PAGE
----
Additional violence against women and girls projects funded for the 2010 fiscal year include:

  • Center for Women and Families
  • Knox County Health Department
  • KIDDS Dance Project, Inc.
  • Mississippi Gulf Coast Black Nurses Association, Inc.
  • University of Miami Miller School of Medicine

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Region VIII

Region VIII supported several initiatives to prevent violence against women in Fiscal Year 2010.

Region VIII continues to support the Domestic Violence Research and Action Coalition (DVRAC) that is housed at the Center on Domestic Violence at the School of Public Affairs, University of Colorado at Denver. The region contributed funding and support to the biannual research luncheon hosted by the Center on Domestic Violence in September 2009. The luncheon, titled "Current Intimate Partner Violence Research in Colorado," brought together more than 70 professionals and students working in violence prevention. Speakers presented on their research conducted through the auspices of several universities in the state of Colorado. In addition, Region VIII staff supported DVRAC by helping to organize of the research track to be held at the biannual National Coalition Against Domestic Violence conference. Staff also reviewed workshop presentation proposals for the conference.

Region VIII also contributed funding to four organizations in FY 2010. The funding ranged from $2,355 to $5,000. A brief description of the projects is below.

  • Operation Reach Out – Promoting Crime Victims Awareness and Prevention. The Central Valley Health District of Jamestown, ND received funding for a project to increase community awareness of crimes against women and girls. The project also taught women and girls personal safety skills. The project worked to educate law enforcement personnel, educators, health professionals, athletes, counselors, clergy, and other community leaders about violence against women and girls. The project used National Crime Victims Rights week to partner with law enforcement in creating a free Stop Violence Conference. The conference had many aspects, including presentations by a violence survivor and the director of the University of North Dakota Women's Center, and a "rockumentary" presentation. Through many diverse events, organizers provided safe ways to obtain local and national resource information. A billboard was displayed for one month on the main street of Jamestown, posters were placed in public locations across the city, informational cards were placed in restaurants, on grocery shopping carts and in other locations, and PSAs were run on TV and radio throughout the month of the project.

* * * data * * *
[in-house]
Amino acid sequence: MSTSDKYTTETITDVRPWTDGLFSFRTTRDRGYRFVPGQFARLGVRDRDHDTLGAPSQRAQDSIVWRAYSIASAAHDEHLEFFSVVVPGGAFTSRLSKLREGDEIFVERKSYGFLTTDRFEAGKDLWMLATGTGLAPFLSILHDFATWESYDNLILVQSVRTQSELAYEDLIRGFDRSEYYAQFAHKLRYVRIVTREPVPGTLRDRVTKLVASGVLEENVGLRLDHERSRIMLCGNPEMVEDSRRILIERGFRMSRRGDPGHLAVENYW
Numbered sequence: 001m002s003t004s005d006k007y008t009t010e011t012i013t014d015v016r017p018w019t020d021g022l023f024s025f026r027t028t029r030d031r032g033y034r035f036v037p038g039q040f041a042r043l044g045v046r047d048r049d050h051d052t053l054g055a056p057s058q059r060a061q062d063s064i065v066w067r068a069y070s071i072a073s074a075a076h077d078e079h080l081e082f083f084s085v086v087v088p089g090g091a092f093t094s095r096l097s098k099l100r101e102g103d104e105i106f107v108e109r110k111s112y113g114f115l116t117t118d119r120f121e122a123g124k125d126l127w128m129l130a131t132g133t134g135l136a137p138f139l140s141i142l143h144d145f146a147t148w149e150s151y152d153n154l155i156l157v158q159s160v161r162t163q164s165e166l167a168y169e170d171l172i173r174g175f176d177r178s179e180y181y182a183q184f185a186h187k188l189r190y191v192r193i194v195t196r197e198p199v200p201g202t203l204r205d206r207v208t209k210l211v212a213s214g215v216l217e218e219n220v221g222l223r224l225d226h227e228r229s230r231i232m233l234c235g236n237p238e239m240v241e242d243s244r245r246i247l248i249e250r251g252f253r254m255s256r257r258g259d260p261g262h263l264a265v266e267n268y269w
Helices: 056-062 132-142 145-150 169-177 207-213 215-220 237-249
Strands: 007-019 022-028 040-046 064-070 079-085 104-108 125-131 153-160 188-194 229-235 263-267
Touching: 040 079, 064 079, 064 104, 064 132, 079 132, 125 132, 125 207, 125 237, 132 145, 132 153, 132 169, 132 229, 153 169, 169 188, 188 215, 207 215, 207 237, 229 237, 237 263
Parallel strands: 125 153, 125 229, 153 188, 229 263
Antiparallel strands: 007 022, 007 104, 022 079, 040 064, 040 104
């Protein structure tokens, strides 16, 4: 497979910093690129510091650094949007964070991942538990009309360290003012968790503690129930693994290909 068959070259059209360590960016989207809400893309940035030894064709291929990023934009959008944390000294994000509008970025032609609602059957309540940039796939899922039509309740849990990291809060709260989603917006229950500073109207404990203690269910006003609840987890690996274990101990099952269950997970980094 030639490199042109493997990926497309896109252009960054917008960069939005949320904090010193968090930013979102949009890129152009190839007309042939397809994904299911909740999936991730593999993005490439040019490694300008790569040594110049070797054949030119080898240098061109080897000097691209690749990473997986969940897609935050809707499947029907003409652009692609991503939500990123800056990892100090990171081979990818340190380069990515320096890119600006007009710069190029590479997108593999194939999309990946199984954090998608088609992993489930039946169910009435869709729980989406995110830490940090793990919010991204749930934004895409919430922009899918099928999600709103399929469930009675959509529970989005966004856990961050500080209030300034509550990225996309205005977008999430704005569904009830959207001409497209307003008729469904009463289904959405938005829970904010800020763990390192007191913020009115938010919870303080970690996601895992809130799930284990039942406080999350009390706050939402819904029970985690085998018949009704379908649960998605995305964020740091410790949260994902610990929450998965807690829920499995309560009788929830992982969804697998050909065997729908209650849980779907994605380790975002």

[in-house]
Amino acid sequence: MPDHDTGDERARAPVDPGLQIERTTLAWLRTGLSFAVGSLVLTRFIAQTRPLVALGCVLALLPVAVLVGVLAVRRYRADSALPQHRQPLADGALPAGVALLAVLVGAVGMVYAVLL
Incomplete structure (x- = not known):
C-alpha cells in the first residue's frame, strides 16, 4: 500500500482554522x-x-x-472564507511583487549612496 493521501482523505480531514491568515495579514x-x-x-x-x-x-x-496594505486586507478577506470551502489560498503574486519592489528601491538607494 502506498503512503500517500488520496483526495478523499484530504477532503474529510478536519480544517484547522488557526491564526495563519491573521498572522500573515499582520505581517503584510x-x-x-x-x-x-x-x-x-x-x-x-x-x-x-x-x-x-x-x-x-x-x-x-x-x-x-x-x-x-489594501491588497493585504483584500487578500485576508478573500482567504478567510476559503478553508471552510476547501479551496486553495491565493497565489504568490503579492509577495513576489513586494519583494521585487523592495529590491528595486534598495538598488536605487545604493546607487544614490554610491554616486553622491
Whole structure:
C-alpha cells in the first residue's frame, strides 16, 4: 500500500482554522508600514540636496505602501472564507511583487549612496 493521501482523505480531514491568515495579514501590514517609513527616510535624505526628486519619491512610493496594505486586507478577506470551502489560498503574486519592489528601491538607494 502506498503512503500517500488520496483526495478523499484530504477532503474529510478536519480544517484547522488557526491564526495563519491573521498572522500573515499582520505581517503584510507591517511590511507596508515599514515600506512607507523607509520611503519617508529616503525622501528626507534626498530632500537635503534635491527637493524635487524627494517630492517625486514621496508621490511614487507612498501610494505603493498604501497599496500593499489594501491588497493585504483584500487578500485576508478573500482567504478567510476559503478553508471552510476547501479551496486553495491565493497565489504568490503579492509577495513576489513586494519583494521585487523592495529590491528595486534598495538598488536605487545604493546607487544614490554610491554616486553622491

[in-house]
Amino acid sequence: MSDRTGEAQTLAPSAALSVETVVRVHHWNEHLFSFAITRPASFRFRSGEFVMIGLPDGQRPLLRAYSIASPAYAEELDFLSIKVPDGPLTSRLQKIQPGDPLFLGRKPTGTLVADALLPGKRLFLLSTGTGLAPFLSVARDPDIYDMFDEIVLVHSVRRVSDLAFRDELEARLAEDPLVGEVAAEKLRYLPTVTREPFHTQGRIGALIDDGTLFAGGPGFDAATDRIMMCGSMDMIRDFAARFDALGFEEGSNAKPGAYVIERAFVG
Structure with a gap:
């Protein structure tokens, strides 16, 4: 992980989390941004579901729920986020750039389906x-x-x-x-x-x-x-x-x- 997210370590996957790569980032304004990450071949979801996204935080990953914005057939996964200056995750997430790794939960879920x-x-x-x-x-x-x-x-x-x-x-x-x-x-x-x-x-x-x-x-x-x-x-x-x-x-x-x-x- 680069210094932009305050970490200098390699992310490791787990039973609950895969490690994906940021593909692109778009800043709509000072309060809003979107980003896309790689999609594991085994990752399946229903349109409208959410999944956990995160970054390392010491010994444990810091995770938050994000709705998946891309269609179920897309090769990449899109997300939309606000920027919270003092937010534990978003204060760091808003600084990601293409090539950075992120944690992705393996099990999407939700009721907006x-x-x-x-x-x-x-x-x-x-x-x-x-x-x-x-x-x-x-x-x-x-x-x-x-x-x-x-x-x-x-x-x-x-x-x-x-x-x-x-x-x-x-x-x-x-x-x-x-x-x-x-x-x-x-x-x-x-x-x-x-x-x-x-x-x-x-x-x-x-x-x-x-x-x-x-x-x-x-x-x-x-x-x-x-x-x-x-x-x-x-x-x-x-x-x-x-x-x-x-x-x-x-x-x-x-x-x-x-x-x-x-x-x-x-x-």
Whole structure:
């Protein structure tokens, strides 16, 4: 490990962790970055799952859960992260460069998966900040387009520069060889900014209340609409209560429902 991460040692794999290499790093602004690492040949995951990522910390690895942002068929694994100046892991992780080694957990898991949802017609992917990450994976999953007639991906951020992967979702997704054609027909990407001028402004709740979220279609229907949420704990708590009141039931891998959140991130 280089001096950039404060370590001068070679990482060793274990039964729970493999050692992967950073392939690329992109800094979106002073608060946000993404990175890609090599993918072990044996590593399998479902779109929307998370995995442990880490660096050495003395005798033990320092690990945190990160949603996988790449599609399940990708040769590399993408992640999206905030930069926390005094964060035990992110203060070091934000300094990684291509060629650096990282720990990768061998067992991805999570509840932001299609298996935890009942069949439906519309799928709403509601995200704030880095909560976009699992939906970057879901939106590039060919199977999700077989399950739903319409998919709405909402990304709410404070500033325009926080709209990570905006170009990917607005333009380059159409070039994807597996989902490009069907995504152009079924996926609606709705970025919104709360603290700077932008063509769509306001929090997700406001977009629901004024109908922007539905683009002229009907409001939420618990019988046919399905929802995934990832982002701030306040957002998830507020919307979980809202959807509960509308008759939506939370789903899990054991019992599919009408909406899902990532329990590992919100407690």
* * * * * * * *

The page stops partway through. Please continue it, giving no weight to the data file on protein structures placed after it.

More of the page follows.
• YES: Youth Empowerment Series. The Sexual Assault Victim Advocate (SAVA) Center of Fort Collins, CO used the funds supplied by OWH to complement other funds that run their programs for youth. The project used several methods to provide sexual violence prevention education to middle school students, high school students, parents, and staff within Poudre School District (PSD). This goal was accomplished through peer education and staff-led presentations. It also included performances of the theatrical prevention education play "Until Someone Wakes Up." The second goal of the YES Program is to empower and enable youth to become productive, engaged, and strong contributors to their community. Two additional methods were used in schools: